The 79th Anniversary of D-Day

This+photo+was+taken+by+a+landing+craft+driver+after+the+gate+dropped.+You+can+see+the+sand+dust+from+the+German+bullets+hitting+the+beach.

This photo was taken by a landing craft driver after the gate dropped. You can see the sand dust from the German bullets hitting the beach.

79 years ago, on 6 June 1944, The Allied Expeditionary Forces (United States, Canada, the United Kingdom, etc) invaded Normandy, France, the mission was codenamed: OPERATION OVERLORD; At the time, the D-Day invasion was the largest naval, air and land operation in history. Around 156,000 men were deployed onto the 5 Normandy beaches, 4000 (total) Allied troops, some 50,000 ground vehicles, and 100,000 tons of equipment (rifles, grenades, etc). After a few days of the Invasion, the Allies took back all of France from the Nazis, Historians like myself will often refer to Operation Overlord as the beginning of the end of the Second World War.

refer to caption
4 Star General & 35th President of The United States Dwight D. “Ike” Eisenhower giving the order of the day to the paratroopers of the 101st Airborne Division, 5 June 1944 CREDIT: National Archives

After the Second World War began, Nazi Germany invaded and occupied northwestern France beginning in May 1940. The Americans entered the war in December 1941, and by 1942 they and the British were considering the possibility of a major Allied invasion across the English Channel. The following year, Allied plans for a cross-Channel invasion began to ramp up. In the November of 1943, Fuhrer (Leader) Adolf Hitler, aware of the threat of an invasion along France’s northern coast, put Generalfeldmarshall Erwin Rommel in charge of spearheading defense operations in the region, even though the Nazis did not know exactly where the Allies would strike. Hitler charged Rommel with finishing the Atlantic Wall, a 2,400-mile fortification of bunkers, landmines, and beach and water obstacles across Normandy.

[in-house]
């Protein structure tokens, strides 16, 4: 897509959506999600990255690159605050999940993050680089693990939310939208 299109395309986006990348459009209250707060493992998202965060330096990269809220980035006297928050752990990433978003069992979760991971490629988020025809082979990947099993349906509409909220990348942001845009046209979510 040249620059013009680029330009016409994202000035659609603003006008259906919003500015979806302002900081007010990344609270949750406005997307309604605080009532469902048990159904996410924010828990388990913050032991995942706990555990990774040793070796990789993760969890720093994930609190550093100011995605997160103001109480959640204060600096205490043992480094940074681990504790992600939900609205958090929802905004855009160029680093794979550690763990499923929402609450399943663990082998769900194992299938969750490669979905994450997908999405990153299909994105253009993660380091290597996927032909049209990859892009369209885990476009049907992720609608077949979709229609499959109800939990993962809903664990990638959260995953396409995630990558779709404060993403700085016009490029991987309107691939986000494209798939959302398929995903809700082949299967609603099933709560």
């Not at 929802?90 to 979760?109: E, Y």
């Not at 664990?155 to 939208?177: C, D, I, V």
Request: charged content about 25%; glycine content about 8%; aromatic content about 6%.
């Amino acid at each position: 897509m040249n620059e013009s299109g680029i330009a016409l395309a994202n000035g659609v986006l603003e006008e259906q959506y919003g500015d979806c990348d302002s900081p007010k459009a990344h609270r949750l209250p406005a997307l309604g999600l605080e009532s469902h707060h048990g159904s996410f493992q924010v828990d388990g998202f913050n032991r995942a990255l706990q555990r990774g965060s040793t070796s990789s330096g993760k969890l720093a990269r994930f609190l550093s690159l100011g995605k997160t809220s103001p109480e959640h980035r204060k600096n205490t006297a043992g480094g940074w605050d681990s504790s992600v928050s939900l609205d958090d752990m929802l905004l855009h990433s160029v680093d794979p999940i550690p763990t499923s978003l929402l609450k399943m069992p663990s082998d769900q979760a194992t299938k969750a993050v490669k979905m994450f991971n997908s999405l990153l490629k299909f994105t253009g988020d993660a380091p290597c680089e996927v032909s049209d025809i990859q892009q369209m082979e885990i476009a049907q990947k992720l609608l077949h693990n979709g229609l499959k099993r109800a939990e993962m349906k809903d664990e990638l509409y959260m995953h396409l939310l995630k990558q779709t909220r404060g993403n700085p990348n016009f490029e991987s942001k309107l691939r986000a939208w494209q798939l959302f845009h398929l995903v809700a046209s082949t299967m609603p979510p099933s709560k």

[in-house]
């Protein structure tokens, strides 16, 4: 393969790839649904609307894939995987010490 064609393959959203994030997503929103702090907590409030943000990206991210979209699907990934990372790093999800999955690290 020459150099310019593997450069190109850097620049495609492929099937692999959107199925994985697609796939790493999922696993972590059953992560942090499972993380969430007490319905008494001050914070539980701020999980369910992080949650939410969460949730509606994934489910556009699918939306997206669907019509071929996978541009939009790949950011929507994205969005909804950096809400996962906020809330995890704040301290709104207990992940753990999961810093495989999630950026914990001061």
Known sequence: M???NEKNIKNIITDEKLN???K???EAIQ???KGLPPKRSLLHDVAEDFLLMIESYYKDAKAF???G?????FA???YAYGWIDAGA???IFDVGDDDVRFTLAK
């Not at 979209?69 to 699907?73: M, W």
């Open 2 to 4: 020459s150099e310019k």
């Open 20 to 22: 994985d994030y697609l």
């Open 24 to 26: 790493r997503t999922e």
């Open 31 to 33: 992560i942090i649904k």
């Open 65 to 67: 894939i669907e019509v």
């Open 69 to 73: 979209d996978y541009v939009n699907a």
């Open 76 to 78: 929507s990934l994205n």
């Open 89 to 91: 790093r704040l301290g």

Generalfeldmarshall Erwin Rommel of the Wehrmacht & Nationalsozialistische Deutsche Arbeiterpartei (NSDAP) Photo Credit to: Military.com

We use June 6th as a remembrance day of why “War is hell” and why war is not “cool” or “fun” I still believe that this bloody hell we call “war” should be taught, we must remember why this war happened, and we must remember the lives of the brave souls that gave their lives so we could live in freedom, and not under Nazi tyranny.

Quotes from D-Day:

“I am prepared to lose the whole group.” – Colonel Donald Blakeslee, commanding the 4th Fighter Group, 8th Air Force, briefing his P-51 Mustang pilots

 

“’Hitler made only one big mistake when he built his Atlantic Wall,’ the paratroopers liked to say. ‘He forgot to put a roof on it.’” – Stephen E. Ambrose, Band of Brothers: E Company, 506th Regiment, 101st Airborne from Normandy to Hitler’s Eagle’s Nest

 

“I don’t feel that I’m any kind of hero. To me, the work had to be done. I was asked to do it. So, I did. When I lecture kids, I tell them the same thing.” — PFC Joseph Lesniewski, Easy Company, 2nd Battalion, 506th Parachute Infantry Regiment, 101st Airborne Division

 

“You get your a*s on the beach. I’ll be there waiting for you and I’ll tell you what to do. There ain’t anything in this plan that is going to go right.” – Colonel Paul R. Goode, in a pre-attack briefing to the 175th Infantry Regiment, 29th Infantry Division

 

“God almighty, in a few short hours, we will be in battle with the enemy. We do not join battle afraid. We do not ask favors or indulgence but ask that, if you will, use us as your instrument for the right and an aid in returning peace to the world.” – Lieutenant Colonel Robert L. Wolverton, commanding officer of 3rd Battalion, 506th Parachute Infantry Regiment

 

“This is the end for Germany.” – Major Werner Pluskat, 1st Battalion of the 352nd Artillery Regiment of the German 352nd Infantry Division, at dawn on June 6, 1944

 

“There is one great thing that you men will all be able to say after this war is over and you are home once again. When you are sitting by the fireplace with your grandson on your knee and he asks you what you did in the great World War II, you can look him straight in the eye and say, ‘Son, your granddaddy rode with the Great Third Army and a son-of-a-g*ddamned-b*tch named Georgie Patton!’” – General George S. Patton

 

“Our sons, pride of our nation, this day have set upon a mighty endeavor, a struggle to preserve our Republic, our religion, and our civilization, and to set free a suffering humanity.” – President Franklin D. Roosevelt

Movie Recommendation

“Saving Private Ryan”

Saving Private Ryan has a very accurate representation of the Second World War on the Western Front. It also includes a very accurate scene of D-Day.